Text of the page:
Is a Phd really that limiting?

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Chem Student

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Apr 10, 2005, 12:27:27 AM4/10/05
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Does earning Phd in chemistry (or anything, for that matter) really
make one worse off than a MS? Do employers really get anal about the
"overqualified" mentality?

I do want to go to grad school, but I've read that it's financially
easier to get a Phd (stipend and such) than a Master's. Is it common for a
university to allow one to drop out early from a Phd program and walk away
with a MS?

muha

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Apr 10, 2005, 12:59:48 AM4/10/05
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In US, most MS chemists are PhD program drop-outs. Typicaly, they have
done the coursework and passed all exams but did not complete their
research thesis requirement.

Sure you can quit as MS but please do not advertise it on your uni
application. The application process is the same and you have to get
your admission and scholarship and pass the exams - so you may want to
stick around for 2-3 more years (if you can) and get a starting salary
that is 20 000 US$ higher as a PhD.

As a MS chemist in pharma industry, you will probably do pretty much
the same research job of as a PhD but for significantly less money. You
will always have a boss. You will have management people reminding you
that they are doing exception for you when they treat you as a
scientist rather than a technician.

MS/Bs have sometimes easier situation than PhD finding a job and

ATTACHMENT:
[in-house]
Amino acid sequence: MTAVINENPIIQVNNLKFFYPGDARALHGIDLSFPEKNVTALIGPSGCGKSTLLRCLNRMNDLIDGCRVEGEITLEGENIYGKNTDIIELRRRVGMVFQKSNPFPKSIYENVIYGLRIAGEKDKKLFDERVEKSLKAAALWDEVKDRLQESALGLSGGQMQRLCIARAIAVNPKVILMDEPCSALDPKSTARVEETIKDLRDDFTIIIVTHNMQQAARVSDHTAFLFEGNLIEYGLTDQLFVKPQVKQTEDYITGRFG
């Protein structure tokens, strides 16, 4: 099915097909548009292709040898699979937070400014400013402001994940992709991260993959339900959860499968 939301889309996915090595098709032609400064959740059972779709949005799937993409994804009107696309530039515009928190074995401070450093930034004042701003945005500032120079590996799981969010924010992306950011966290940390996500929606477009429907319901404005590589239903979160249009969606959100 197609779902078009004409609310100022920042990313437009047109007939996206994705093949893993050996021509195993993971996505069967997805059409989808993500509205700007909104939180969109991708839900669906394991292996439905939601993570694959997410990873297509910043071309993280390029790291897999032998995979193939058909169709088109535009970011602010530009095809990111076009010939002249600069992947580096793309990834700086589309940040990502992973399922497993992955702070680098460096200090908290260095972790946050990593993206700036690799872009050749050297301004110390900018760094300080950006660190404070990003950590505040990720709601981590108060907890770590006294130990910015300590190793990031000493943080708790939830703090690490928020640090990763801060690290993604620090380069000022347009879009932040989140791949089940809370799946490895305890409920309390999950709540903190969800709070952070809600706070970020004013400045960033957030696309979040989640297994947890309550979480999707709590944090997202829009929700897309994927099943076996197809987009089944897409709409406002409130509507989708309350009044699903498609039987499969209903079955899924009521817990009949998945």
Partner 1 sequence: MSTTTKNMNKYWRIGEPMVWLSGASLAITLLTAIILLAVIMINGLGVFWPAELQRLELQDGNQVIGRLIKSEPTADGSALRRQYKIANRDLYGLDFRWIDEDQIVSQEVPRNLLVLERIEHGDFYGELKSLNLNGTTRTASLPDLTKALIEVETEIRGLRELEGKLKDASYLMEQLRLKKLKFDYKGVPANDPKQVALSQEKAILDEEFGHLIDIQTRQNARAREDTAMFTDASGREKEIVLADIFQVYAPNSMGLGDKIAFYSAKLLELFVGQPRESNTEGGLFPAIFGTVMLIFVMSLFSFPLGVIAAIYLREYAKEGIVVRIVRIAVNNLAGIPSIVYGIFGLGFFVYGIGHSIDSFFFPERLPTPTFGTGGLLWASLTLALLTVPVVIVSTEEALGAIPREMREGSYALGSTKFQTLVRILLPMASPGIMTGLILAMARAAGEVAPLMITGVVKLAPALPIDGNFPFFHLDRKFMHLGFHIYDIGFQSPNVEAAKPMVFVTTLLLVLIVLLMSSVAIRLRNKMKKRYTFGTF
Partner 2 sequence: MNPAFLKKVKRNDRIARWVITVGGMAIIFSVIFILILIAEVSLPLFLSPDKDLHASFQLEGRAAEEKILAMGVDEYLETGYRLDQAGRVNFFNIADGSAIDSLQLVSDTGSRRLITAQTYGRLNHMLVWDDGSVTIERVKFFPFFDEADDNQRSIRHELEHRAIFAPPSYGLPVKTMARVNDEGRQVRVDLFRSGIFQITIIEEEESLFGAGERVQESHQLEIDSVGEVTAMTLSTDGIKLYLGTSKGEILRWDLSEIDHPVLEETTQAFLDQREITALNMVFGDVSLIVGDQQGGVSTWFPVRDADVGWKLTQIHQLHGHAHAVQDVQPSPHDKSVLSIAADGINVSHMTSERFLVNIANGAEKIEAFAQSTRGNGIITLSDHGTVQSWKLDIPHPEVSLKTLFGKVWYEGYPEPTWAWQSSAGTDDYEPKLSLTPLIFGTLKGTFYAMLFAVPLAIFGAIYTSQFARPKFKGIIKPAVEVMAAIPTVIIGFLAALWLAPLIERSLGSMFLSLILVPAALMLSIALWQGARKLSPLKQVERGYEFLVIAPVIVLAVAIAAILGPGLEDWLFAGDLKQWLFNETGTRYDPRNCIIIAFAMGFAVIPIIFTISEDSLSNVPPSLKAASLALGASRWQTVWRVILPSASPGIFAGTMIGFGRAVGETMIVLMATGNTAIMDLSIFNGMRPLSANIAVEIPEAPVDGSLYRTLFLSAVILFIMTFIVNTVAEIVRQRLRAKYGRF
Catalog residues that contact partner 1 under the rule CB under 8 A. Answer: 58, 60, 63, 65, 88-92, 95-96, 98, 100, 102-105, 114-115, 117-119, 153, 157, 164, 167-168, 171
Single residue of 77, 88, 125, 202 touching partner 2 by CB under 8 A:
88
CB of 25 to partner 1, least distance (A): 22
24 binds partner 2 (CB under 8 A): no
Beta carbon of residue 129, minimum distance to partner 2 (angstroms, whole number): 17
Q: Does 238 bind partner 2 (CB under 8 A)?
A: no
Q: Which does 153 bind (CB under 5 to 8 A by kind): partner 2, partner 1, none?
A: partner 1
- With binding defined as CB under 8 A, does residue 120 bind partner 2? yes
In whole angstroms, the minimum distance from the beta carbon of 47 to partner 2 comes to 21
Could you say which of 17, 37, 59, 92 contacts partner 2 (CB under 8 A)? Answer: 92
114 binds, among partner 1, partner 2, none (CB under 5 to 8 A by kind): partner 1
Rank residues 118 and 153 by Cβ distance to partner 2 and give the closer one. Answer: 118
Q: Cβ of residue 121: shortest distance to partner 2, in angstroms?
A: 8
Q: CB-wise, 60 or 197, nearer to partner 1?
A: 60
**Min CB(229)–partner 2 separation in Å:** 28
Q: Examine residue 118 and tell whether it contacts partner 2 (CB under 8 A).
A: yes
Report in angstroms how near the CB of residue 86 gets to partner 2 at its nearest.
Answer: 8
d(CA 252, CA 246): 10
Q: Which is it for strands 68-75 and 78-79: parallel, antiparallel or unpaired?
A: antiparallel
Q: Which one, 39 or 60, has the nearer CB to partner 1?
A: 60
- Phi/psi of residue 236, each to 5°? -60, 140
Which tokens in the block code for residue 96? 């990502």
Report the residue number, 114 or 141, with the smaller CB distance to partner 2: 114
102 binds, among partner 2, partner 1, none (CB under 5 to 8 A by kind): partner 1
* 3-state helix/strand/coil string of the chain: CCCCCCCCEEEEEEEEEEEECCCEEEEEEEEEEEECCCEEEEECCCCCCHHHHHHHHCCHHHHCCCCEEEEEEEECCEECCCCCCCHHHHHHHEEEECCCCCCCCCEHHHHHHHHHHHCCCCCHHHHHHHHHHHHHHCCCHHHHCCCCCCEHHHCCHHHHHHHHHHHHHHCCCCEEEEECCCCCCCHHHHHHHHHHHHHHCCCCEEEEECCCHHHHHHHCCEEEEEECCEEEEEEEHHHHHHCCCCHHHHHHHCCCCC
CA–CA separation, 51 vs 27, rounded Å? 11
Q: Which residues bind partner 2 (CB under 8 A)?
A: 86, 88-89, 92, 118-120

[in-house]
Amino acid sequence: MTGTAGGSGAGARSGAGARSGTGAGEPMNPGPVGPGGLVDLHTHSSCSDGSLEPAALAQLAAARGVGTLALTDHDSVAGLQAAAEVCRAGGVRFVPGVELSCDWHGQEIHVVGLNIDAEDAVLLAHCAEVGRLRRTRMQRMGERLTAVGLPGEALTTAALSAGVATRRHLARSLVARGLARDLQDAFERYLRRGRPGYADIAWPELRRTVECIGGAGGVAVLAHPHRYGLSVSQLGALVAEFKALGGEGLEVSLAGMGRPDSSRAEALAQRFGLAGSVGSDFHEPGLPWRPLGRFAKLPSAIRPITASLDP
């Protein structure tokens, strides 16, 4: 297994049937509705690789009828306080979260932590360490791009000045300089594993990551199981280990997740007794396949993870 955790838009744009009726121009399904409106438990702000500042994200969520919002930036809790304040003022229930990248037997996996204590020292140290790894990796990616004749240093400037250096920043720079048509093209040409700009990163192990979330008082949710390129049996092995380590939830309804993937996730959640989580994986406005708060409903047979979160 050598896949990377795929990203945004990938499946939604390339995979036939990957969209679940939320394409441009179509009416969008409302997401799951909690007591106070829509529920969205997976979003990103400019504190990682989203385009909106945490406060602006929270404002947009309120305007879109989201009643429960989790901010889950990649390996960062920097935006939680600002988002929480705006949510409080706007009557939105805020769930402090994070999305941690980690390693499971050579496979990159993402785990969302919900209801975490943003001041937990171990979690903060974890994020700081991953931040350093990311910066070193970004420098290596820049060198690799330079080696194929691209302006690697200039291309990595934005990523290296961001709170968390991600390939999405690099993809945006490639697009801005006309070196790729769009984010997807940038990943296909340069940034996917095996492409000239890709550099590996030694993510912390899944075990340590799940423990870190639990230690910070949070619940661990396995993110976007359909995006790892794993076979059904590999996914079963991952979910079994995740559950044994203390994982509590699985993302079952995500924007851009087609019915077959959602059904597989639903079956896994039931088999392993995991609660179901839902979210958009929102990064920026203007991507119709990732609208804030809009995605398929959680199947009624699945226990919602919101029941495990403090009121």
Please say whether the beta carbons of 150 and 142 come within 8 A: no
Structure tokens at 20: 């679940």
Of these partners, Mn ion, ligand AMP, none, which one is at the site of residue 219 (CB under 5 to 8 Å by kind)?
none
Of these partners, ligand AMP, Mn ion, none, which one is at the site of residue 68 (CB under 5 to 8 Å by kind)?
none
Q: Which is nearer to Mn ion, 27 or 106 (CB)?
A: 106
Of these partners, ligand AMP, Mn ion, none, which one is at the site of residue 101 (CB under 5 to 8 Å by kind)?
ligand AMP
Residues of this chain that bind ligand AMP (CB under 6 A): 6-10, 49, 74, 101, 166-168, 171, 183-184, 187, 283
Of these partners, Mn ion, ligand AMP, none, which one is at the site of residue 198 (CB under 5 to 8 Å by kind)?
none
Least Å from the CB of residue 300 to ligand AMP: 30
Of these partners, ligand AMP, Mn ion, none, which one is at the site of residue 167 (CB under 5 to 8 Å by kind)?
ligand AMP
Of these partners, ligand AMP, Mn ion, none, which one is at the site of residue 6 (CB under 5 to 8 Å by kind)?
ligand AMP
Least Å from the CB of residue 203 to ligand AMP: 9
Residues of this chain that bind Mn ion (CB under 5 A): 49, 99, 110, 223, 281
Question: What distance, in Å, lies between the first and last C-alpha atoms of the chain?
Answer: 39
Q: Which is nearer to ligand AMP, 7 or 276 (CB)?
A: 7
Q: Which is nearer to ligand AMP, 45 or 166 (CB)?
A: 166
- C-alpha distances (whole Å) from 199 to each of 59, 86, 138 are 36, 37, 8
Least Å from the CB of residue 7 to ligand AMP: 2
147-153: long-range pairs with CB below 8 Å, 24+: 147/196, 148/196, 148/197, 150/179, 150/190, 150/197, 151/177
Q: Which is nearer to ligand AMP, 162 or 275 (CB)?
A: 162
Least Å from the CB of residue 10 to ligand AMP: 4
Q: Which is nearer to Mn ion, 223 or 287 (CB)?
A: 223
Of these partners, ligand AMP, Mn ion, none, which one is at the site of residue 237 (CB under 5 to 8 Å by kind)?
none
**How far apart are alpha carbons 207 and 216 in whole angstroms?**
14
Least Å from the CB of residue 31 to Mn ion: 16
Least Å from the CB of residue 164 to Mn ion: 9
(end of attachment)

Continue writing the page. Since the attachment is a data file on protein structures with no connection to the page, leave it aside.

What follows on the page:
sometimes it is the other way around. Depends if you are from a good
university and have decent personal references.

Believe me, I worked for 3 pharma companies here in US and for 2
research institutes. And I have 2 master degress :)

number6

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Apr 10, 2005, 10:41:47 AM4/10/05
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Chem Student wrote:
> Does earning Phd in chemistry (or anything, for that matter) really
> make one worse off than a MS? Do employers really get anal about the

> "overqualified" mentality?

Definitely ... I'd never hire a PhD to wash glassware and package up
samples ...
If there is a position that the employer considers your overqualified
for consider you are really underestimating your abilities instead ...

>
> I do want to go to grad school, but I've read that it's
financially
> easier to get a Phd (stipend and such) than a Master's. Is it common
for a
> university to allow one to drop out early from a Phd program and walk
away
> with a MS?

Most Masters only people are working and taking courses paid for by
their employer ... Most Master's Degrees awarded though are PhD
candidates who don't complete ...

Richard

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Apr 10, 2005, 11:07:41 AM4/10/05
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muha wrote:
> In US, most MS chemists are PhD program drop-outs. Typicaly, they
have
> done the coursework and passed all exams but did not complete their
> research thesis requirement.
>
Not always true. However I did party my way out of grad school in the